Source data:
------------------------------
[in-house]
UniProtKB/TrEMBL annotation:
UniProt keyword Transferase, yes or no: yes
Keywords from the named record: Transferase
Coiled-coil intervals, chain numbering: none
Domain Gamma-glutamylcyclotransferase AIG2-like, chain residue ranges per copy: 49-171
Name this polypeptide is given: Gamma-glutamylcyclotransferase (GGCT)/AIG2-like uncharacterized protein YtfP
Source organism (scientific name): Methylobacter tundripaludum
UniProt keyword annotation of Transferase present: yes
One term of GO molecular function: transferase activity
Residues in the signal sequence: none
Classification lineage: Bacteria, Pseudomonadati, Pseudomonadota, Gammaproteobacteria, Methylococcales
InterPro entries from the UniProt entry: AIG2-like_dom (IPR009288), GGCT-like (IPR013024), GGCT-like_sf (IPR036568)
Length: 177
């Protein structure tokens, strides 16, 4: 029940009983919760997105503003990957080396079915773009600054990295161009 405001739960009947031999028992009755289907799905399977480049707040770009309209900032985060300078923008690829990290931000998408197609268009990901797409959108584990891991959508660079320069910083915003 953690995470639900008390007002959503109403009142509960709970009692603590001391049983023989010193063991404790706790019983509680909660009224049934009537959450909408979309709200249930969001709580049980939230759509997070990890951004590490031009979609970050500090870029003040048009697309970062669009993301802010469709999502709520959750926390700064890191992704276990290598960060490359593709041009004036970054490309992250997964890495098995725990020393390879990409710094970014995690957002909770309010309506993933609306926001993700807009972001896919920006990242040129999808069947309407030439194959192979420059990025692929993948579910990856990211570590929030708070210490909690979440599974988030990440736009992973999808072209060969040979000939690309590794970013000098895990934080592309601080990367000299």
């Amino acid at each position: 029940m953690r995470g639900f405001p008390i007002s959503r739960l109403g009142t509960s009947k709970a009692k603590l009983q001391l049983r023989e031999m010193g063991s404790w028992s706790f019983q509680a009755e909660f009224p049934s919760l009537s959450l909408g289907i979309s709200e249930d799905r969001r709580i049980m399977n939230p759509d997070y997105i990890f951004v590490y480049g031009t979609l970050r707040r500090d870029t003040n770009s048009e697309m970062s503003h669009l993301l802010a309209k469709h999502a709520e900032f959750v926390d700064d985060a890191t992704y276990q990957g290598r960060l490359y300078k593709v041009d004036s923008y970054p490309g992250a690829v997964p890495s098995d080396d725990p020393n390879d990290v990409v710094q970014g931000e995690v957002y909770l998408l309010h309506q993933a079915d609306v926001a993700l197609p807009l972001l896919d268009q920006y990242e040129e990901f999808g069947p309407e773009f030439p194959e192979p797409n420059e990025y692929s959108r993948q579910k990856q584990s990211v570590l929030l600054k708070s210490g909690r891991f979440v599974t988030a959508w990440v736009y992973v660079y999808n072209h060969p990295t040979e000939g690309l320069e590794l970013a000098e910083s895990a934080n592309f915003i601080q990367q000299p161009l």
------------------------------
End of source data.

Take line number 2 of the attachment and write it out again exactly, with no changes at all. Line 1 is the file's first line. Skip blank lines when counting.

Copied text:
UniProtKB/TrEMBL annotation: